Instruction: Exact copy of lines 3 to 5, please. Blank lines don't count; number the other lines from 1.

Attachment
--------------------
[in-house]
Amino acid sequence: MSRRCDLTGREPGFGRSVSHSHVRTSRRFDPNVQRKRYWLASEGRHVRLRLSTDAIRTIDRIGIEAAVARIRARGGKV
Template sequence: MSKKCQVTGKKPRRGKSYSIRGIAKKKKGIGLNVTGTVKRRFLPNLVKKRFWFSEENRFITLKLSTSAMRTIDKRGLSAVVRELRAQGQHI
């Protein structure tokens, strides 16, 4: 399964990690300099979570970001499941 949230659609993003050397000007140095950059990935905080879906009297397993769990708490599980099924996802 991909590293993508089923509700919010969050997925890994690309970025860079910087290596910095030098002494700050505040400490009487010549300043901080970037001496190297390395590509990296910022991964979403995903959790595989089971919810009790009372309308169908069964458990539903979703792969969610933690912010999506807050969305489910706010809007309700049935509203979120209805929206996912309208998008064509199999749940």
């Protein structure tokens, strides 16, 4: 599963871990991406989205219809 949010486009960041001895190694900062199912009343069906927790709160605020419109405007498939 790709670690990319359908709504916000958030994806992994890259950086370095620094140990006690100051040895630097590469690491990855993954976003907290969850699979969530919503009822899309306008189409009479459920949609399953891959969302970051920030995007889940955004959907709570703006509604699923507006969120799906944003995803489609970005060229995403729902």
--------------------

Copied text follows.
Template sequence: MSKKCQVTGKKPRRGKSYSIRGIAKKKKGIGLNVTGTVKRRFLPNLVKKRFWFSEENRFITLKLSTSAMRTIDKRGLSAVVRELRAQGQHI
């Protein structure tokens, strides 16, 4: 399964990690300099979570970001499941 949230659609993003050397000007140095950059990935905080879906009297397993769990708490599980099924996802 991909590293993508089923509700919010969050997925890994690309970025860079910087290596910095030098002494700050505040400490009487010549300043901080970037001496190297390395590509990296910022991964979403995903959790595989089971919810009790009372309308169908069964458990539903979703792969969610933690912010999506807050969305489910706010809007309700049935509203979120209805929206996912309208998008064509199999749940």
């Protein structure tokens, strides 16, 4: 599963871990991406989205219809 949010486009960041001895190694900062199912009343069906927790709160605020419109405007498939 790709670690990319359908709504916000958030994806992994890259950086370095620094140990006690100051040895630097590469690491990855993954976003907290969850699979969530919503009822899309306008189409009479459920949609399953891959969302970051920030995007889940955004959907709570703006509604699923507006969120799906944003995803489609970005060229995403729902």